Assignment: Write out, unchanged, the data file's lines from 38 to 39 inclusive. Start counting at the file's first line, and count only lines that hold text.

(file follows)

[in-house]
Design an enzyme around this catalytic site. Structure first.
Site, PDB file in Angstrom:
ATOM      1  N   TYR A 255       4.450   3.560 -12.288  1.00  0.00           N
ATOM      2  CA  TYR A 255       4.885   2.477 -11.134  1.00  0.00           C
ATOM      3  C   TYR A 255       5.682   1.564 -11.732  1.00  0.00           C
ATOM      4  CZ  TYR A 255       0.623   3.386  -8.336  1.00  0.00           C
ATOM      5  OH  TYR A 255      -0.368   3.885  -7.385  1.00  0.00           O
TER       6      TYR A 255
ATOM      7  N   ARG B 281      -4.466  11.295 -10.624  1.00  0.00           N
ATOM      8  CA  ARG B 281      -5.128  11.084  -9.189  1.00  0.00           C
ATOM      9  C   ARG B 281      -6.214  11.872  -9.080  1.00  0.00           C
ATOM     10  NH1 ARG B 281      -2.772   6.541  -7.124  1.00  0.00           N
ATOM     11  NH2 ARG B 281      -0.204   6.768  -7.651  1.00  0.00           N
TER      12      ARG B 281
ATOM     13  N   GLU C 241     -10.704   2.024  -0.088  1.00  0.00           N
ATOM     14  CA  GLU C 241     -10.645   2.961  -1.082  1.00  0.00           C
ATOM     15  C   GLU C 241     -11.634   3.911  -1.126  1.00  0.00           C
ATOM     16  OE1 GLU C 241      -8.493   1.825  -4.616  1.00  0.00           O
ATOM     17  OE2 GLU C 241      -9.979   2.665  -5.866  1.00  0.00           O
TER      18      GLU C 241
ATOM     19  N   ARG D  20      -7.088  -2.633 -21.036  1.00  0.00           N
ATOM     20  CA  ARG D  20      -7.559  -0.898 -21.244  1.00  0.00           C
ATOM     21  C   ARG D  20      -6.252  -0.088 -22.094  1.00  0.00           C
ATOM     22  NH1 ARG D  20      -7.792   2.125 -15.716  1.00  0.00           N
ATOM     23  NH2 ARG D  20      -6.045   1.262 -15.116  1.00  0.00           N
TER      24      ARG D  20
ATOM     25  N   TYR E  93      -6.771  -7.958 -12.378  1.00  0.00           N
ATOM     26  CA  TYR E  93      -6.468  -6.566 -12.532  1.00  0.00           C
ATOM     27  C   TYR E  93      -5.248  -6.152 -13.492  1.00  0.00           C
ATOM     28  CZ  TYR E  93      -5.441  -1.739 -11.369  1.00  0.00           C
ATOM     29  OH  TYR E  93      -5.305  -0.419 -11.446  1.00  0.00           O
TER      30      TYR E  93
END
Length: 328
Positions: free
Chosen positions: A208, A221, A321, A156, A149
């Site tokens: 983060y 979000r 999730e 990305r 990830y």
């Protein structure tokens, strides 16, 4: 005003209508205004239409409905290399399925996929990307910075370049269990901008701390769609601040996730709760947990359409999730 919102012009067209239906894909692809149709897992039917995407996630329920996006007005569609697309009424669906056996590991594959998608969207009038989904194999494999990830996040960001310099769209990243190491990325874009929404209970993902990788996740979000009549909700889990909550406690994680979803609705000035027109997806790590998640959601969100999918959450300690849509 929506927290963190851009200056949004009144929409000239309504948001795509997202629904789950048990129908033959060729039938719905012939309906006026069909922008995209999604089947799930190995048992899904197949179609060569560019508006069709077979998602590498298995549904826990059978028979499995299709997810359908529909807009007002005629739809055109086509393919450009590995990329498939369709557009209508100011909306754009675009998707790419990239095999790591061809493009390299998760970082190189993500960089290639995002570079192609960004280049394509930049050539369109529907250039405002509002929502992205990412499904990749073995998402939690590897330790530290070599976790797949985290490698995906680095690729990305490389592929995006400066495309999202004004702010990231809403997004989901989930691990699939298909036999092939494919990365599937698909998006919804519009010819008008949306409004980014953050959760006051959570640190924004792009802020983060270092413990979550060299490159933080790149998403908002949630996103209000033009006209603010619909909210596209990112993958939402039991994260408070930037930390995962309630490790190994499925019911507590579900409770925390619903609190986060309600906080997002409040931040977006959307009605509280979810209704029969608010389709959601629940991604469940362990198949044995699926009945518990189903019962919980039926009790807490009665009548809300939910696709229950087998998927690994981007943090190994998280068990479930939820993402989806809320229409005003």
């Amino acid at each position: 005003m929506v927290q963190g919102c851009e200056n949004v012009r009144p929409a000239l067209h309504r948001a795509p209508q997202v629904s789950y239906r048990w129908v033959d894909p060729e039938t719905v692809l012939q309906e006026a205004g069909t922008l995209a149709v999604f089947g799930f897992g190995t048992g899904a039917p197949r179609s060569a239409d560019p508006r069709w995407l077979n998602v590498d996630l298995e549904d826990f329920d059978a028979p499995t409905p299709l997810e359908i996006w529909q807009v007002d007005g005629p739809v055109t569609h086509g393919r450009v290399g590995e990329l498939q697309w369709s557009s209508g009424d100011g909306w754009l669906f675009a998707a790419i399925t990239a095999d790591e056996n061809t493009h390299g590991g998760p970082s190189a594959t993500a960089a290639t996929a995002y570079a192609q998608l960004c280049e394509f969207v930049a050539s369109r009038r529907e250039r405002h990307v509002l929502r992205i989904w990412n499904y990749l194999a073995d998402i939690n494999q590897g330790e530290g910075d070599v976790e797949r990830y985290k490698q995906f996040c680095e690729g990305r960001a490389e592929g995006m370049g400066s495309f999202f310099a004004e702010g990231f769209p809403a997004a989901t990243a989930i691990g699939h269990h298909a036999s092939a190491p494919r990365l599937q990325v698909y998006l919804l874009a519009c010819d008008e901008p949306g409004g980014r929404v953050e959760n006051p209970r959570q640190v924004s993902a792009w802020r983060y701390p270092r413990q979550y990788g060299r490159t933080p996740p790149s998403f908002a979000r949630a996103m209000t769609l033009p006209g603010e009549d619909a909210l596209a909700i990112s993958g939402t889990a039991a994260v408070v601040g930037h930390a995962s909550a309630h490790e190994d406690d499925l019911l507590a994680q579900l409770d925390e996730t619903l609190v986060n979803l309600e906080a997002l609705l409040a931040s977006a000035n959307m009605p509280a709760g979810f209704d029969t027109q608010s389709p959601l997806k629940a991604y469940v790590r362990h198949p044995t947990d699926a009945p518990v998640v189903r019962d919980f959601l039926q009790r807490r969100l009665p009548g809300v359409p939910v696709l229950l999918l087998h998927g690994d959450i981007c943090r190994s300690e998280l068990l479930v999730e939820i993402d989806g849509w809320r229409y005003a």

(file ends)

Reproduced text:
């Site tokens: 983060y 979000r 999730e 990305r 990830y």
């Protein structure tokens, strides 16, 4: 005003209508205004239409409905290399399925996929990307910075370049269990901008701390769609601040996730709760947990359409999730 919102012009067209239906894909692809149709897992039917995407996630329920996006007005569609697309009424669906056996590991594959998608969207009038989904194999494999990830996040960001310099769209990243190491990325874009929404209970993902990788996740979000009549909700889990909550406690994680979803609705000035027109997806790590998640959601969100999918959450300690849509 929506927290963190851009200056949004009144929409000239309504948001795509997202629904789950048990129908033959060729039938719905012939309906006026069909922008995209999604089947799930190995048992899904197949179609060569560019508006069709077979998602590498298995549904826990059978028979499995299709997810359908529909807009007002005629739809055109086509393919450009590995990329498939369709557009209508100011909306754009675009998707790419990239095999790591061809493009390299998760970082190189993500960089290639995002570079192609960004280049394509930049050539369109529907250039405002509002929502992205990412499904990749073995998402939690590897330790530290070599976790797949985290490698995906680095690729990305490389592929995006400066495309999202004004702010990231809403997004989901989930691990699939298909036999092939494919990365599937698909998006919804519009010819008008949306409004980014953050959760006051959570640190924004792009802020983060270092413990979550060299490159933080790149998403908002949630996103209000033009006209603010619909909210596209990112993958939402039991994260408070930037930390995962309630490790190994499925019911507590579900409770925390619903609190986060309600906080997002409040931040977006959307009605509280979810209704029969608010389709959601629940991604469940362990198949044995699926009945518990189903019962919980039926009790807490009665009548809300939910696709229950087998998927690994981007943090190994998280068990479930939820993402989806809320229409005003």